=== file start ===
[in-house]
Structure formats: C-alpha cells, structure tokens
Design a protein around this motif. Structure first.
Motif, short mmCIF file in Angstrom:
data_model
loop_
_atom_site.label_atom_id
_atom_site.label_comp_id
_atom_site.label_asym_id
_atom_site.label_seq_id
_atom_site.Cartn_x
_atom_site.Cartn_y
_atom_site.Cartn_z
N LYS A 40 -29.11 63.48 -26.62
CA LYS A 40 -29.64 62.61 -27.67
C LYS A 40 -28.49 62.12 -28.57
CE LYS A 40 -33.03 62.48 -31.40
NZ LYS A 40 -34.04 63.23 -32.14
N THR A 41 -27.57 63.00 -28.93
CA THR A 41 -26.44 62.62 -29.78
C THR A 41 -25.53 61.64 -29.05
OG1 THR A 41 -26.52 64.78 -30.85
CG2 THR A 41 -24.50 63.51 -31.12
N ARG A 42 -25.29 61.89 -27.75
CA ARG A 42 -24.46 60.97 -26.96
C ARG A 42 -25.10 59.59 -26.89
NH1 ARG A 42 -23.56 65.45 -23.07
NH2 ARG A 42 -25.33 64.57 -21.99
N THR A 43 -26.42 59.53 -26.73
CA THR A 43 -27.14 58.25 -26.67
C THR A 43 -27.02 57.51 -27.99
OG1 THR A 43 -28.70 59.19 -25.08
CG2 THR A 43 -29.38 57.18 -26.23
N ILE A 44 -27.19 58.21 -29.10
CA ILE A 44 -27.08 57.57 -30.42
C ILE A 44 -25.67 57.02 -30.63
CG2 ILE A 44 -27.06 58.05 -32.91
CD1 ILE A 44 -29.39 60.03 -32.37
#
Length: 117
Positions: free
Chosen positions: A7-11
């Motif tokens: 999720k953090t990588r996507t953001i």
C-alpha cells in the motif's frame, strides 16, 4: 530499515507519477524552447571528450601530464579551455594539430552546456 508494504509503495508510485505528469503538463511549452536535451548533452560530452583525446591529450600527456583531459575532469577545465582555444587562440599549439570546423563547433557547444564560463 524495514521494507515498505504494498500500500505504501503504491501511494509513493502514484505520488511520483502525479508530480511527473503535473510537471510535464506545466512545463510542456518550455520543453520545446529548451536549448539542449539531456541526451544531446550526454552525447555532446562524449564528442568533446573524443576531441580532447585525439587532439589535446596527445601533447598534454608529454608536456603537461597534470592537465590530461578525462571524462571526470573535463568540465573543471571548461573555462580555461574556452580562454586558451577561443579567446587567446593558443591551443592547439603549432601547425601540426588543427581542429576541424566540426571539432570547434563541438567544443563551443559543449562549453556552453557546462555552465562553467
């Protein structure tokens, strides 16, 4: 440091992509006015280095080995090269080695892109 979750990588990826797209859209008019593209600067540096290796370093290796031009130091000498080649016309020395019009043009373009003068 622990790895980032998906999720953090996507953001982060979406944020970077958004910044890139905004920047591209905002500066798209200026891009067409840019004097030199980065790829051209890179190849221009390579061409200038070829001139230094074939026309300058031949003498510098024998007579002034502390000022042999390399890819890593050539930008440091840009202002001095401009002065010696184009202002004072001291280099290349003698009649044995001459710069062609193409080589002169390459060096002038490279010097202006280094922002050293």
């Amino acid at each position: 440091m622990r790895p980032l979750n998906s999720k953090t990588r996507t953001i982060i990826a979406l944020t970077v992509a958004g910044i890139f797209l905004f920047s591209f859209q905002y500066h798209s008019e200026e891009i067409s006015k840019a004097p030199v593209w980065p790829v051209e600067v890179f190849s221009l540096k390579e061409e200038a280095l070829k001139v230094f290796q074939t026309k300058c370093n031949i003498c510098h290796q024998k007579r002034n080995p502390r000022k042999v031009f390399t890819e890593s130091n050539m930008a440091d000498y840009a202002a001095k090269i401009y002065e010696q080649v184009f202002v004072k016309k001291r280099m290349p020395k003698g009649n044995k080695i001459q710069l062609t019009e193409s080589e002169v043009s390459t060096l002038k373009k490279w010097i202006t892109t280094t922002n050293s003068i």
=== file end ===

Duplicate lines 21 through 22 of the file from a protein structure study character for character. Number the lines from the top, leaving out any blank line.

C THR A 41 -25.53 61.64 -29.05
OG1 THR A 41 -26.52 64.78 -30.85